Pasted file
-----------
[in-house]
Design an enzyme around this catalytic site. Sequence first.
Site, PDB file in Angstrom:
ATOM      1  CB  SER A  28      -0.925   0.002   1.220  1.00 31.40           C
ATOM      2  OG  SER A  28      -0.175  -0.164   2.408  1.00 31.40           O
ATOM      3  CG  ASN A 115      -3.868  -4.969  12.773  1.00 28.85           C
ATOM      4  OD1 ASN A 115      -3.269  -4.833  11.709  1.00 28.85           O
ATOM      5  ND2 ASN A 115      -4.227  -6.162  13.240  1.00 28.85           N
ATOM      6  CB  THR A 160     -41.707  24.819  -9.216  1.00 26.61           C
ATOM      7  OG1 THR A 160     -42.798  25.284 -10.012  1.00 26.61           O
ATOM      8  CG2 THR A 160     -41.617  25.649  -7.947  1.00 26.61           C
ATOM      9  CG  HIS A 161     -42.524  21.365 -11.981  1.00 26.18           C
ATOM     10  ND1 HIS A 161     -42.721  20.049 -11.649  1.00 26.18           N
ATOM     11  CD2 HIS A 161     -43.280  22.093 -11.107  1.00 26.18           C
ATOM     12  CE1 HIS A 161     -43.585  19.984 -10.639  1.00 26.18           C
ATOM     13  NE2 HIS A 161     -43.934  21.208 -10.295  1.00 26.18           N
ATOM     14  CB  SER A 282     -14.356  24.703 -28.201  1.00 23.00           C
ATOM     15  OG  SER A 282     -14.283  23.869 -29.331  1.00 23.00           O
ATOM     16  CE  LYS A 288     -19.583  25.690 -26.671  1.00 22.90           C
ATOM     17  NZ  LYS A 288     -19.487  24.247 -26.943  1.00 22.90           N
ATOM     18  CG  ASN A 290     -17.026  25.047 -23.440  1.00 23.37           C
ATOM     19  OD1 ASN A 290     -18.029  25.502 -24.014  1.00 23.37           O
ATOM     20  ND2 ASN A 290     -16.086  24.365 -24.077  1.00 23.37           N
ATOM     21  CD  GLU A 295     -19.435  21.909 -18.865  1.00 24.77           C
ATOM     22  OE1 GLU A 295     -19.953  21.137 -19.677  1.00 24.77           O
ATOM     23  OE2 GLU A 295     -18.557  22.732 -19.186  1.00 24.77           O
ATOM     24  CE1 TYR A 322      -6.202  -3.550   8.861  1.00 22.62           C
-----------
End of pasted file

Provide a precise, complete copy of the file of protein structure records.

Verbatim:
[in-house]
Design an enzyme around this catalytic site. Sequence first.
Site, PDB file in Angstrom:
ATOM      1  CB  SER A  28      -0.925   0.002   1.220  1.00 31.40           C
ATOM      2  OG  SER A  28      -0.175  -0.164   2.408  1.00 31.40           O
ATOM      3  CG  ASN A 115      -3.868  -4.969  12.773  1.00 28.85           C
ATOM      4  OD1 ASN A 115      -3.269  -4.833  11.709  1.00 28.85           O
ATOM      5  ND2 ASN A 115      -4.227  -6.162  13.240  1.00 28.85           N
ATOM      6  CB  THR A 160     -41.707  24.819  -9.216  1.00 26.61           C
ATOM      7  OG1 THR A 160     -42.798  25.284 -10.012  1.00 26.61           O
ATOM      8  CG2 THR A 160     -41.617  25.649  -7.947  1.00 26.61           C
ATOM      9  CG  HIS A 161     -42.524  21.365 -11.981  1.00 26.18           C
ATOM     10  ND1 HIS A 161     -42.721  20.049 -11.649  1.00 26.18           N
ATOM     11  CD2 HIS A 161     -43.280  22.093 -11.107  1.00 26.18           C
ATOM     12  CE1 HIS A 161     -43.585  19.984 -10.639  1.00 26.18           C
ATOM     13  NE2 HIS A 161     -43.934  21.208 -10.295  1.00 26.18           N
ATOM     14  CB  SER A 282     -14.356  24.703 -28.201  1.00 23.00           C
ATOM     15  OG  SER A 282     -14.283  23.869 -29.331  1.00 23.00           O
ATOM     16  CE  LYS A 288     -19.583  25.690 -26.671  1.00 22.90           C
ATOM     17  NZ  LYS A 288     -19.487  24.247 -26.943  1.00 22.90           N
ATOM     18  CG  ASN A 290     -17.026  25.047 -23.440  1.00 23.37           C
ATOM     19  OD1 ASN A 290     -18.029  25.502 -24.014  1.00 23.37           O
ATOM     20  ND2 ASN A 290     -16.086  24.365 -24.077  1.00 23.37           N
ATOM     21  CD  GLU A 295     -19.435  21.909 -18.865  1.00 24.77           C
ATOM     22  OE1 GLU A 295     -19.953  21.137 -19.677  1.00 24.77           O
ATOM     23  OE2 GLU A 295     -18.557  22.732 -19.186  1.00 24.77           O
ATOM     24  CE1 TYR A 322      -6.202  -3.550   8.861  1.00 22.62           C